Boris Johnson has proposed banning MPs from acting as paid political consultants or lobbyists, as Westminster’s allegations of dishonor continue to engulf the Conservative Party.
It was before the Commons vote on Wednesday, forced by Labor, to ban MPs from holding a second job.
The prime minister is still dealing with the aftermath of his failed attempt to prevent former minister Owen Paterson from being suspended from parliament for breaching lobbying rules.
It has led to a number of allegations that many Conservatives were devoting too much time to working outside of their duties as MPs to make extra money.
Announcing the measure on Tuesday afternoon in a letter to House Speaker Lindsay Hoyle, Johnson said the MPs’ code of conduct should be “updated.”
The prime minister said MPs who prioritize external interests over their constituents should be “properly investigated and punished”.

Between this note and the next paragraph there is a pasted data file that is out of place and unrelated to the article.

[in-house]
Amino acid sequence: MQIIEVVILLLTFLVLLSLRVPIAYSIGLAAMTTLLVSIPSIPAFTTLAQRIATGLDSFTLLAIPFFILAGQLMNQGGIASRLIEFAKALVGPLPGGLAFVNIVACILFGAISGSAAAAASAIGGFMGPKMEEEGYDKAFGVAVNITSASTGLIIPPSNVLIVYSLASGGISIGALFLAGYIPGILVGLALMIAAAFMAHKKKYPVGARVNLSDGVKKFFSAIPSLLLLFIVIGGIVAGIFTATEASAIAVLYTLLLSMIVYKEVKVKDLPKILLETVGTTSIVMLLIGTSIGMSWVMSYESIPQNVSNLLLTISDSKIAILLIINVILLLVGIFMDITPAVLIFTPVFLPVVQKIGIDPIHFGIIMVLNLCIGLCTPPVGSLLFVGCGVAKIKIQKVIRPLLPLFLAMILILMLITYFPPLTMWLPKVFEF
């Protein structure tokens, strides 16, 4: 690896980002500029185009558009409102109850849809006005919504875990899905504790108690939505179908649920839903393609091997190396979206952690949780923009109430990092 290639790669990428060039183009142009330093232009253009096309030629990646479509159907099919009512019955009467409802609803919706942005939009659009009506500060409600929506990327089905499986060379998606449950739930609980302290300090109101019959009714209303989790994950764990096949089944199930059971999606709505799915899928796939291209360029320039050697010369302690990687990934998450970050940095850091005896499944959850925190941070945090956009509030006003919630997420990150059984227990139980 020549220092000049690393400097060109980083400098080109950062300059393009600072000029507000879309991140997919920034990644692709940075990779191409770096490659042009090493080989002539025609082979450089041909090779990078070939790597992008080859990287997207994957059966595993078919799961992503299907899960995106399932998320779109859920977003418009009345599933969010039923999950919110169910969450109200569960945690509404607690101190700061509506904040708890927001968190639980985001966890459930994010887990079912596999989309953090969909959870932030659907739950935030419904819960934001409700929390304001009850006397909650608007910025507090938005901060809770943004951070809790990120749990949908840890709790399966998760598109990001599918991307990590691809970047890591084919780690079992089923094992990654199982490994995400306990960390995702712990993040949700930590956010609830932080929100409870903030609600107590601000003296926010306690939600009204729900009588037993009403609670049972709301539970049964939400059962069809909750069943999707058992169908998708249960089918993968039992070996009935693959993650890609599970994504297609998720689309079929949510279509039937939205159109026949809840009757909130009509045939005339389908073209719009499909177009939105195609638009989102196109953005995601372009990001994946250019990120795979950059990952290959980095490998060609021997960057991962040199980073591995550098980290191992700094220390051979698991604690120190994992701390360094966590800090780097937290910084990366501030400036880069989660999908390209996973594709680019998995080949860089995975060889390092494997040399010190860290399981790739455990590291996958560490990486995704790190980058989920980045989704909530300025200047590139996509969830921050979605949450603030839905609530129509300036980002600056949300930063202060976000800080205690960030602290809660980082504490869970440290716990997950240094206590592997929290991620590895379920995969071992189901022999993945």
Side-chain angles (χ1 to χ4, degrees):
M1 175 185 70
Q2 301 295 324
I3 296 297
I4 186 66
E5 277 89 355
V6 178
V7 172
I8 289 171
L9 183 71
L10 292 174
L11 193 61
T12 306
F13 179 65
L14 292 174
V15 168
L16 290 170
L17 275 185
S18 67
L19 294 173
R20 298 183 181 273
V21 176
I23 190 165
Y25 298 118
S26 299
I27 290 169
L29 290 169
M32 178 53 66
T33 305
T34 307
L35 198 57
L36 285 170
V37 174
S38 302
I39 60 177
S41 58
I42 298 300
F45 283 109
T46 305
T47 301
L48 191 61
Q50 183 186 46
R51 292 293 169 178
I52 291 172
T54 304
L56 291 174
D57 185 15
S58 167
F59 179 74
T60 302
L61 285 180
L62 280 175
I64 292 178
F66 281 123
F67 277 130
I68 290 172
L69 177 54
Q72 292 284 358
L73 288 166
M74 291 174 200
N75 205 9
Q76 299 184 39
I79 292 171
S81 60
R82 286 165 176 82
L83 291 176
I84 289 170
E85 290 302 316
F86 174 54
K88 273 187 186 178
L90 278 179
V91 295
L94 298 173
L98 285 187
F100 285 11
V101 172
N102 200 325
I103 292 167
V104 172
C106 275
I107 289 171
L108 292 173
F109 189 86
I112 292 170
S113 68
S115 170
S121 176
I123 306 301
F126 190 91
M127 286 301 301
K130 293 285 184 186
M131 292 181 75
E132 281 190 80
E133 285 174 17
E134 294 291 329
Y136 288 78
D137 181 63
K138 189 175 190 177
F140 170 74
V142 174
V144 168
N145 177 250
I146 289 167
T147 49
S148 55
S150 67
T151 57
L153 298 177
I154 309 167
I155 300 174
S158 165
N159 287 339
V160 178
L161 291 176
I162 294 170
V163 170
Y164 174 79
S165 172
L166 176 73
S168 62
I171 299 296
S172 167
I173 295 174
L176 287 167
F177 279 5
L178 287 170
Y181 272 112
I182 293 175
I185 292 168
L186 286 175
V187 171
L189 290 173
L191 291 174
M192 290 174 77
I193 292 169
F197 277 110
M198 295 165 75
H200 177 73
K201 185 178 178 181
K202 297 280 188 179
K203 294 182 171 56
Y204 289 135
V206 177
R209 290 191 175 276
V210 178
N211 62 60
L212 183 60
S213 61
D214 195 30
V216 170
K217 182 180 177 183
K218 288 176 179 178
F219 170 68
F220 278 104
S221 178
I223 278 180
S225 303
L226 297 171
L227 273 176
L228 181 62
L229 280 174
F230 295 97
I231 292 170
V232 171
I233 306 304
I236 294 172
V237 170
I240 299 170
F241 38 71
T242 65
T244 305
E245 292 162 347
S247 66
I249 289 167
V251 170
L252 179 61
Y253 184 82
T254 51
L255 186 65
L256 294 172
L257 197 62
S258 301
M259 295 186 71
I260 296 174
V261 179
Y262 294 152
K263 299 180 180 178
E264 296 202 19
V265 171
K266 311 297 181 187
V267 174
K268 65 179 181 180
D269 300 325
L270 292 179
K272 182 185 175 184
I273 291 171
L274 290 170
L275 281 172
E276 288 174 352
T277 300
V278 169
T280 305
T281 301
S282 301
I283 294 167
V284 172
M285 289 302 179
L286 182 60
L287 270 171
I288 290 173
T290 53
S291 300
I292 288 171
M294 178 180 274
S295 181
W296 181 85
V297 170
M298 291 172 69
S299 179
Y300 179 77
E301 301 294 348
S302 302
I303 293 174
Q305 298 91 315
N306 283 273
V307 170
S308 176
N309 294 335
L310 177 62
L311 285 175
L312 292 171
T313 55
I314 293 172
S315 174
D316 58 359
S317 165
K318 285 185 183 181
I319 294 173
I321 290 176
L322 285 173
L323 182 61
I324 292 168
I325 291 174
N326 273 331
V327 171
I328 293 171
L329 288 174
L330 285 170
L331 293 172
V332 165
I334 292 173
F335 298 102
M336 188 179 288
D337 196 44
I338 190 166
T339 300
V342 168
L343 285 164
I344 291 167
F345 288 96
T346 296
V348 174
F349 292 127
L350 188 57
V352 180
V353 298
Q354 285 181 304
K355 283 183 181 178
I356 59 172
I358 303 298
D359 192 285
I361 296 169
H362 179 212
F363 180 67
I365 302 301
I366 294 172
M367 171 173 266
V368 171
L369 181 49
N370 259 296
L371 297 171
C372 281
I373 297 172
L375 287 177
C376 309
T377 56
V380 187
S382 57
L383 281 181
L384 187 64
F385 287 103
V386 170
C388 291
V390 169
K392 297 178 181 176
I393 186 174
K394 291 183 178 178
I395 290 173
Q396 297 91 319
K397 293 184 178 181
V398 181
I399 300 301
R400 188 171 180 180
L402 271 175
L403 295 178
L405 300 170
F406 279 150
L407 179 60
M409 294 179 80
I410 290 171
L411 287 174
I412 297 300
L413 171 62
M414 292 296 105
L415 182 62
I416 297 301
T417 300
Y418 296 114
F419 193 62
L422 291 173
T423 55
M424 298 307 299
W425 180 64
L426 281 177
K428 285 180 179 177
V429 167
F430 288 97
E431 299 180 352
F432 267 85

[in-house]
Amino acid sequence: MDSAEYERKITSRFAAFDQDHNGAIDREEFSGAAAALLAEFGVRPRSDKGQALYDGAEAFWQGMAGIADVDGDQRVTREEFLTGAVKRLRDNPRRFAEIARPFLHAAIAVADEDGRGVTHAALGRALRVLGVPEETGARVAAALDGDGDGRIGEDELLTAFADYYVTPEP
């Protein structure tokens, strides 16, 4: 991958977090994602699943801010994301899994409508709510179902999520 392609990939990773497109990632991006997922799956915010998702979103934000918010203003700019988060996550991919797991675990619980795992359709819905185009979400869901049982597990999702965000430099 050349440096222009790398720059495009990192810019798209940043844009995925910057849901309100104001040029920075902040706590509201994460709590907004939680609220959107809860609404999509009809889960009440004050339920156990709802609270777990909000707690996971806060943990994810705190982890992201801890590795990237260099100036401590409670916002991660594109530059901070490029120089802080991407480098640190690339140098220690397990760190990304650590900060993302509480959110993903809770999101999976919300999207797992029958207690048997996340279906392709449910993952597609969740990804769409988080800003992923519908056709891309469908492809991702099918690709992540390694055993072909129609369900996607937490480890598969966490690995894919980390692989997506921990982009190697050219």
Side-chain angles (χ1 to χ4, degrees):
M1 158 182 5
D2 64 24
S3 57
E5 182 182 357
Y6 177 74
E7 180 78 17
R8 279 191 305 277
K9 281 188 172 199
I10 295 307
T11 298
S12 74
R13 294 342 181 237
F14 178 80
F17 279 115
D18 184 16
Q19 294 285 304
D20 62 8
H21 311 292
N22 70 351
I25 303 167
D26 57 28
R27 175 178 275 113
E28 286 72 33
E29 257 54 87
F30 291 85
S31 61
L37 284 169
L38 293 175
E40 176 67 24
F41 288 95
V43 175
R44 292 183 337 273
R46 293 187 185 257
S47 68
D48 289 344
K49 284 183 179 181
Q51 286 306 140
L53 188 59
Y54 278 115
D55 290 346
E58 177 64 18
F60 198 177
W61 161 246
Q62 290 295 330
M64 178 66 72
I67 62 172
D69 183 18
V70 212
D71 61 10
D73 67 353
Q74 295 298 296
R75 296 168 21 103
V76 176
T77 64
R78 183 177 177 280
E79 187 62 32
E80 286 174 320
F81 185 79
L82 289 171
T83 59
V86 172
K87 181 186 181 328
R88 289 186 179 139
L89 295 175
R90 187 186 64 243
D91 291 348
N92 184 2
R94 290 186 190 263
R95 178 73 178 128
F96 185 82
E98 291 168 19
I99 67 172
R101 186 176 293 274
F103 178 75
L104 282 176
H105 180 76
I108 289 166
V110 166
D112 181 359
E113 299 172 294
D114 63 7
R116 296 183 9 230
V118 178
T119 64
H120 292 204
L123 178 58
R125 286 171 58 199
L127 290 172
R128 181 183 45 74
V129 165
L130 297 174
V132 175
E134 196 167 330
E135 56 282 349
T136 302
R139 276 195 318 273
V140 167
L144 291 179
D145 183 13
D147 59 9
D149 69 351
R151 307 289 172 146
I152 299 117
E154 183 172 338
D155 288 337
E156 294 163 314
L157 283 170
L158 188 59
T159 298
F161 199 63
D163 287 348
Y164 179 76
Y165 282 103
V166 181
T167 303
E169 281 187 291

And he said the rules should be changed to ban incumbent MPs from being political consultants or pressure groups.
“The vast majority of MPs from all parties work tirelessly for their constituents,” he said.
“That is why it is imperative that we question the reputation of the House of Commons by ensuring that the rules that apply to MPs are up-to-date, effective and adequately rigorous.”
The government had previously defended the right of deputies to occupy a second job.
Johnson’s suggestion came moments before Keir Starmer began a press conference in which he outlined his own plan to quell Westminster’s mockery.